Download Authority without Power: Law and the Japanese Paradox by John Owen Haley PDF

By John Owen Haley

This booklet deals a finished interpretive research of the function of legislation in modern Japan. Haley argues that the weak point of criminal controls all through eastern historical past has guaranteed the improvement and power of casual group controls according to customized and consensus to keep up order--an order characterised via outstanding balance, with an both major measure of autonomy for people, groups, and companies. Haley concludes through exhibiting how Japan's vulnerable felony procedure has strengthened preexisting styles of extralegal social keep an eye on, hence explaining the various basic paradoxes of political and social existence in modern Japan.

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Again preexisting patterns prevailed. 47 As the system evolved the crown prince would become emperor at an early age and also retire while still young. Japanese legal historians also point out other significant adaptations. One was apparently a relaxation of the stringent Chinese penalties and rules for prosecution of criminal cases. 50 Nevertheless, it appears that the Japanese were not as bound to a system of meting out exact punishments commensurate with specific offenses. 52 Whatever the explanation, Japanese legal historians generally agree that the ritsuryo, like the T'ang Code, did include separate proceedings for dealing with homicide, robbery, larceny, and other serious crimes as opposed to less serious property offenses.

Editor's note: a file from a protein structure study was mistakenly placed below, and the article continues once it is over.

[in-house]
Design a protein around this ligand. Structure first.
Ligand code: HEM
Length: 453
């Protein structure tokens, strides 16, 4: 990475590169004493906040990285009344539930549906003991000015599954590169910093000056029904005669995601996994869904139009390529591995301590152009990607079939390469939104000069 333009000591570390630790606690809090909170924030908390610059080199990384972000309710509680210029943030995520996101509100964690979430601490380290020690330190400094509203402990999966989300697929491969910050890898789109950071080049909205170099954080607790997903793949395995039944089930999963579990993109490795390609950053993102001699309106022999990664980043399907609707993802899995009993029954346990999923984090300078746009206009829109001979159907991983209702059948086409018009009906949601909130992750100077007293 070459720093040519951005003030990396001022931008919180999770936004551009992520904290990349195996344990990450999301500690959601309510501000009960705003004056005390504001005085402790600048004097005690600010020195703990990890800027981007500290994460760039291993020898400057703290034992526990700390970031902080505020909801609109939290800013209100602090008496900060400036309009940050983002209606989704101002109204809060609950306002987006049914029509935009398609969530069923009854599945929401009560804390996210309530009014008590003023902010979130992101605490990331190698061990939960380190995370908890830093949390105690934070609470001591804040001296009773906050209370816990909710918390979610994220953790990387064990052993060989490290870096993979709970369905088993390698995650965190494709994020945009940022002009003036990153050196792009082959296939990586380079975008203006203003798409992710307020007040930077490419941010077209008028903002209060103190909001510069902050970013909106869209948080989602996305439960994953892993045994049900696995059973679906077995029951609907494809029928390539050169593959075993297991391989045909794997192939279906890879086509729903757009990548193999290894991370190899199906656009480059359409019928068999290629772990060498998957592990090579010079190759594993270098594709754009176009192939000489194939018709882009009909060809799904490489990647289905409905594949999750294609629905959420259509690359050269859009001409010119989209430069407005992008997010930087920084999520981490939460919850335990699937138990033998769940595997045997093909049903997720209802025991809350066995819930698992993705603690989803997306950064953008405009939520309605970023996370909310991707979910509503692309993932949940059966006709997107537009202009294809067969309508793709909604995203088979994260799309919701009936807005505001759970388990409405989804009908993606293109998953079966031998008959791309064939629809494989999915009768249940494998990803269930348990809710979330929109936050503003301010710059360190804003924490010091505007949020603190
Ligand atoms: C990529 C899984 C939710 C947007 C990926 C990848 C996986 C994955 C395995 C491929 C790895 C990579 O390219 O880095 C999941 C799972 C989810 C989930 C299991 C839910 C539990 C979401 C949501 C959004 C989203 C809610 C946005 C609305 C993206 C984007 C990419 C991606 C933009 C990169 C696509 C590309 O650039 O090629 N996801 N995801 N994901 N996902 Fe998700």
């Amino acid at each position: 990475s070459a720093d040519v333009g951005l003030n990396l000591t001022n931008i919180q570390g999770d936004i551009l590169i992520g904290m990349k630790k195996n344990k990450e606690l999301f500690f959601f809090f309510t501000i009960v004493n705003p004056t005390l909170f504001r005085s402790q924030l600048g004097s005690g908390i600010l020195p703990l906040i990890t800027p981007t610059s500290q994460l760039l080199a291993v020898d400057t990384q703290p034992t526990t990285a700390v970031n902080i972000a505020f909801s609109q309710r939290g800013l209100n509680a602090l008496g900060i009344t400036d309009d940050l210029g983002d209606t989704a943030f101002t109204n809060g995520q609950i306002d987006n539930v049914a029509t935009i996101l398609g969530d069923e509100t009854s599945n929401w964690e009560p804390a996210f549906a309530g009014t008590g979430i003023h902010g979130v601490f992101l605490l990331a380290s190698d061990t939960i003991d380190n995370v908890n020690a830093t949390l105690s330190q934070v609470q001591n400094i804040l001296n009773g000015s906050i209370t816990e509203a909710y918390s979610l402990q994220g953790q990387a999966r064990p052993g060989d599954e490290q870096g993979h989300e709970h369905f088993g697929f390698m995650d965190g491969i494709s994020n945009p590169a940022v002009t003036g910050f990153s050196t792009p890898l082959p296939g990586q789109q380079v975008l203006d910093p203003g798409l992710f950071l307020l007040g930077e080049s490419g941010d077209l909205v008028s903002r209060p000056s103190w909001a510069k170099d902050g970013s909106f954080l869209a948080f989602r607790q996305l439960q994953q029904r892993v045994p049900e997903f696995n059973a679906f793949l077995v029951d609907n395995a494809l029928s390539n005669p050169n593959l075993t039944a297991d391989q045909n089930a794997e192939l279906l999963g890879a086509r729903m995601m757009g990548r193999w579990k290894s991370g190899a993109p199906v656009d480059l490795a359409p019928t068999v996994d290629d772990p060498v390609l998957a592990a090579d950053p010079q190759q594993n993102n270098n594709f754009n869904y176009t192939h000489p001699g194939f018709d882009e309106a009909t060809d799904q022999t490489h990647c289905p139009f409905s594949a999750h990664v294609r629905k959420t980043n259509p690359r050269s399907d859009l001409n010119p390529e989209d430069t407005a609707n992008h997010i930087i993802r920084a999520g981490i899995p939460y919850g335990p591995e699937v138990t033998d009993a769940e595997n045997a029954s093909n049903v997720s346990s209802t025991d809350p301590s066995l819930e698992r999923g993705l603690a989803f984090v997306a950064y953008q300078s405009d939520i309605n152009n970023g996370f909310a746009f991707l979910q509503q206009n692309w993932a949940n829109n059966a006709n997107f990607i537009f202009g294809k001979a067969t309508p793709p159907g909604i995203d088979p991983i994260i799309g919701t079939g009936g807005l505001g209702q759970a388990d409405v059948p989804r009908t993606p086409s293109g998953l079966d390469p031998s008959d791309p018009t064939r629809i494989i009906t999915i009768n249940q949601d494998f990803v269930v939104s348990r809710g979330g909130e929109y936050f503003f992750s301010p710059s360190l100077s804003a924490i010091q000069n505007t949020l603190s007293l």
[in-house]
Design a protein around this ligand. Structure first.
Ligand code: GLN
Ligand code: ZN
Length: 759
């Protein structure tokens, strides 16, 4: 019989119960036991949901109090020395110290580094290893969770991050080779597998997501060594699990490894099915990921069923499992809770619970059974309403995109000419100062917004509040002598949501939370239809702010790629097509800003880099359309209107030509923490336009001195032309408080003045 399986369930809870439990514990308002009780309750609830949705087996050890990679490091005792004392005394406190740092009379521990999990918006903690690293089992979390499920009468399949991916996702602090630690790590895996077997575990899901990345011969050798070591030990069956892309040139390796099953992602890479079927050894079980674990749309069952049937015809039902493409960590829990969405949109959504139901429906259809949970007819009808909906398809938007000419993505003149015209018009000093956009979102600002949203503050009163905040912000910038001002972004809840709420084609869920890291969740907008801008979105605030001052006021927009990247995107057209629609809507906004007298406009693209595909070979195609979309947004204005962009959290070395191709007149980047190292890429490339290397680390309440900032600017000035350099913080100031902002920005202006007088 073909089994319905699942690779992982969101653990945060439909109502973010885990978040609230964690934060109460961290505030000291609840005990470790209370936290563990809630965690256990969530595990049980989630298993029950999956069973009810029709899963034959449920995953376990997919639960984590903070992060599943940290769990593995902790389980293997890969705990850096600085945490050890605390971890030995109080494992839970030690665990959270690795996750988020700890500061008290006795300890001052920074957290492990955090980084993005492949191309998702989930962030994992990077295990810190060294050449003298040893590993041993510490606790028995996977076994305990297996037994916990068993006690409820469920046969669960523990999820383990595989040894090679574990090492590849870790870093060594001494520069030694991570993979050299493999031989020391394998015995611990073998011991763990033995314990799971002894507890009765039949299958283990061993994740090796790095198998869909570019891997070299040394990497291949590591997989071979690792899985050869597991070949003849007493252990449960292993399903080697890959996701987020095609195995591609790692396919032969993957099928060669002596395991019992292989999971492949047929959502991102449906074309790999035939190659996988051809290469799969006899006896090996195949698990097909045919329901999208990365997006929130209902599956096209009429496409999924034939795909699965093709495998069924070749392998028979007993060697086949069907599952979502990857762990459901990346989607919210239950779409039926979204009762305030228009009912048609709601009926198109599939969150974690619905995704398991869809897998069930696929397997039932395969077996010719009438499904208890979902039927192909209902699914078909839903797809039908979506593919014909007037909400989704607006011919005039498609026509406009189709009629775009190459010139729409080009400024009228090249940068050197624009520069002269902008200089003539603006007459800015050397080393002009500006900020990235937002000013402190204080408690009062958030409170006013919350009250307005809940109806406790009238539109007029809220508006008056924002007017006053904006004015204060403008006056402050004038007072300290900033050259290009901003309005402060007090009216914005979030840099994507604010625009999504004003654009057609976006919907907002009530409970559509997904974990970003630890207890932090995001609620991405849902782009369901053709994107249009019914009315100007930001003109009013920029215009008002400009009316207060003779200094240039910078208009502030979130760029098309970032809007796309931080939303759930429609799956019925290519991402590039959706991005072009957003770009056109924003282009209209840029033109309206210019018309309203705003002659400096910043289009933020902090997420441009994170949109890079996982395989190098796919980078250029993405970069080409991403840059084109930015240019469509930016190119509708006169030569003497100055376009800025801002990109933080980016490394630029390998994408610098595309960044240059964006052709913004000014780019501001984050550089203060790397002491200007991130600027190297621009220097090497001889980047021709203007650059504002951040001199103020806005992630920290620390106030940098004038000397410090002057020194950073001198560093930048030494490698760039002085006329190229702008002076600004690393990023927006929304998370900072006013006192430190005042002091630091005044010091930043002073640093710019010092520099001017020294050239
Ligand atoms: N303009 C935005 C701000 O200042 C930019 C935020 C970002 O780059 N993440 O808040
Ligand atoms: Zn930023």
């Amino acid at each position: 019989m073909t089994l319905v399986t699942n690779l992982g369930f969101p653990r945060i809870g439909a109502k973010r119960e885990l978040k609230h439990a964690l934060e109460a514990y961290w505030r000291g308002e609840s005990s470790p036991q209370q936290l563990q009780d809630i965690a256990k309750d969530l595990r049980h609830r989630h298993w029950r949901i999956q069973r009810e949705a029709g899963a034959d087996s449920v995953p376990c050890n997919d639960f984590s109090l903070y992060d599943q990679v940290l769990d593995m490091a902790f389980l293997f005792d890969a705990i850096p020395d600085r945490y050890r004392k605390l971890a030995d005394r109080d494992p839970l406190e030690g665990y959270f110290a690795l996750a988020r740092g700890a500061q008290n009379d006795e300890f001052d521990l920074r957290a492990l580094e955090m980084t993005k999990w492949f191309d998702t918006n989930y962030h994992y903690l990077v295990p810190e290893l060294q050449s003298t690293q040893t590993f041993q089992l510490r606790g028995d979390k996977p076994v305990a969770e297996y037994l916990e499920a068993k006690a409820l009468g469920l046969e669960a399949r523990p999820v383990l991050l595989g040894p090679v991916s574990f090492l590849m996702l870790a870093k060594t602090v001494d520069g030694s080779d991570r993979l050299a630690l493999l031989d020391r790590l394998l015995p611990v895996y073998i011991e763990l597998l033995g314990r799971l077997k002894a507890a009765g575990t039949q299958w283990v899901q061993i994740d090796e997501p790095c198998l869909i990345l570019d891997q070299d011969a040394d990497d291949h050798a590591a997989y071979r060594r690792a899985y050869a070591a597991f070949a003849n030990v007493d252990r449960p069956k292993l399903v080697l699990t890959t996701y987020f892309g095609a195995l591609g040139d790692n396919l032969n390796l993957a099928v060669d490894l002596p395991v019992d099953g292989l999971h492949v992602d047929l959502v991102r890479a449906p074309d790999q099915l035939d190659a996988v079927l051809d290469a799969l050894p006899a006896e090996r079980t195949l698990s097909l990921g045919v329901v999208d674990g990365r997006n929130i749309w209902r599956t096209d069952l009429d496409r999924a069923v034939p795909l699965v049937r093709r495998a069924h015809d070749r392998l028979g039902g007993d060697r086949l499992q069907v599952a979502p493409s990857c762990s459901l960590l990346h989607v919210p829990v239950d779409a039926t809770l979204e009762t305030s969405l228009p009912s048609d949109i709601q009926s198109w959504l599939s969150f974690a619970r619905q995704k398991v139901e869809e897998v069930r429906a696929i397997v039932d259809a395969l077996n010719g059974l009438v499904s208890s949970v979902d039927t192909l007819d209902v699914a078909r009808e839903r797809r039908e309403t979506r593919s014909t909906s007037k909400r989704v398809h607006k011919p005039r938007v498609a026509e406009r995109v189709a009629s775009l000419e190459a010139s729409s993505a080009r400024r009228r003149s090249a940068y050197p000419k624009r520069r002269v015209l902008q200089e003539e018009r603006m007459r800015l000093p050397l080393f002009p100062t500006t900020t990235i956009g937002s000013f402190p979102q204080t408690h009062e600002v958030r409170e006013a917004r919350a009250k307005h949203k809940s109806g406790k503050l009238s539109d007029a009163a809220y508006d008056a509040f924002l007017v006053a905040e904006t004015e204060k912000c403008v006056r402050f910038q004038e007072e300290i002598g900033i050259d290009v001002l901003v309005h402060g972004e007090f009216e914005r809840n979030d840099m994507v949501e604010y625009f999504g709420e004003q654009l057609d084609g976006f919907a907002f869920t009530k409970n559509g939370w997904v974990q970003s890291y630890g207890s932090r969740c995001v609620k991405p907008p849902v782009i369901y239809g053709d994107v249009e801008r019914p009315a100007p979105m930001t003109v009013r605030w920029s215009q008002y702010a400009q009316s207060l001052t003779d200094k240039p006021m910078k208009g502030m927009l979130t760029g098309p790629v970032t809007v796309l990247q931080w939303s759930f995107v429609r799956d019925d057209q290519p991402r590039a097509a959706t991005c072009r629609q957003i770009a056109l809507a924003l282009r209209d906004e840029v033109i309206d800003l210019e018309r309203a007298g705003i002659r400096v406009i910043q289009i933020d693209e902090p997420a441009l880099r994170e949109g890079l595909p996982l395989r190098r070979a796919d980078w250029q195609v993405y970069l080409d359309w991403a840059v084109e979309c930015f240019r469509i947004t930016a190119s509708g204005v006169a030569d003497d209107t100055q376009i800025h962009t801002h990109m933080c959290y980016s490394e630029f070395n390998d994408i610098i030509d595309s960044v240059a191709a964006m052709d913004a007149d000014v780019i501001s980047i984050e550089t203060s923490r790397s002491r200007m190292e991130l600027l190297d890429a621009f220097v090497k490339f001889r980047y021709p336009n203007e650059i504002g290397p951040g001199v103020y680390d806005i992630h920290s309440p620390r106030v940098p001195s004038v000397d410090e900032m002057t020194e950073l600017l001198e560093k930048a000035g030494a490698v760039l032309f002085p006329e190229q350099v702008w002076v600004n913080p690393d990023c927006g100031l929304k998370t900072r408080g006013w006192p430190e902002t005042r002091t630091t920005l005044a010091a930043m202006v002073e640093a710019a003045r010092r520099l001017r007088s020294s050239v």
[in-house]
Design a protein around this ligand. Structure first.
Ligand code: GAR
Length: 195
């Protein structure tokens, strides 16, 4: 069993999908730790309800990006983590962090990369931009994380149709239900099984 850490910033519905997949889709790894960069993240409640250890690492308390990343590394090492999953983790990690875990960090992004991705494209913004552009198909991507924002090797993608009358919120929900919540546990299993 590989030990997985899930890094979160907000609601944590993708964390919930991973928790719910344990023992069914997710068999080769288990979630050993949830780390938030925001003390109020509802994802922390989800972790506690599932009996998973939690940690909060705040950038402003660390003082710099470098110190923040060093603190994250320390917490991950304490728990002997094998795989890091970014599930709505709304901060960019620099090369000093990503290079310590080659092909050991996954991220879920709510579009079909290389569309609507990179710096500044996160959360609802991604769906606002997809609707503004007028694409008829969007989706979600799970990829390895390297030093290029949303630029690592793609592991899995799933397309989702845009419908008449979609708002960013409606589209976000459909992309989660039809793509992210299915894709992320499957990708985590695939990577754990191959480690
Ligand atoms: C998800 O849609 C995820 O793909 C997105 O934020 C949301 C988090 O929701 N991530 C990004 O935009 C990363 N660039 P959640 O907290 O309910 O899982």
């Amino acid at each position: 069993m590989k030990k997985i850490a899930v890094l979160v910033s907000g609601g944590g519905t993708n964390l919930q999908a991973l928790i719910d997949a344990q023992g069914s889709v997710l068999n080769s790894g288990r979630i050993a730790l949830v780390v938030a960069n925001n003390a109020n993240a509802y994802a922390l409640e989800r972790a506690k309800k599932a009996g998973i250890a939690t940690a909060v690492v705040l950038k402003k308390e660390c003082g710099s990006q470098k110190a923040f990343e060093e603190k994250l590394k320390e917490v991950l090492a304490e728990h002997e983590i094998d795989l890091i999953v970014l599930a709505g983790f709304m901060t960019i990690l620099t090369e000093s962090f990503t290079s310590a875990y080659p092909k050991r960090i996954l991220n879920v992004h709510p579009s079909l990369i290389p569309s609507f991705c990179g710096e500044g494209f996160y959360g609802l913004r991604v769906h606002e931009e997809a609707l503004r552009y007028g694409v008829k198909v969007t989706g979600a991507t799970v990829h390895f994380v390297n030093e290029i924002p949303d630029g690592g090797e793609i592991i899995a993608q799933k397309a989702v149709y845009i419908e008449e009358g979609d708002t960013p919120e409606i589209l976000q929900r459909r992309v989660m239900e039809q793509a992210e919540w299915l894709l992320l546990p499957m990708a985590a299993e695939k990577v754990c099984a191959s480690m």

In environments otherwise widely separated by space and culture, feudalism in both Europe and Japan was a response to the insecurity and disorder that followed the disintegration of central rule. No community suffers disorder long. Neither complete anarchy nor absolute stability are possible social conditions. The social demand for stability and security and the forces of change are both too strong. Consequently in both Europe and Japan individuals and communities threatened by disorder quickly traded autonomy for protection.

3 Imperial appointment of Yoritomo as shogun seven years later may thus be viewed as confirmation of power already ceded, but with it came the legitimacy of delegated powers and the capacity to rule by law. Yet, again in contrast to the European experience, such recognition reinforced the value of the authority otherwise so successfully challenged. Not, it appears, until the neo-Confucianist redefinition of ruler as lawmaker, as opposed to law as ruler-made, gained a foothold in the seventeenth century, as explained below, was this sustaining need for imperial authority conceptually threatened.

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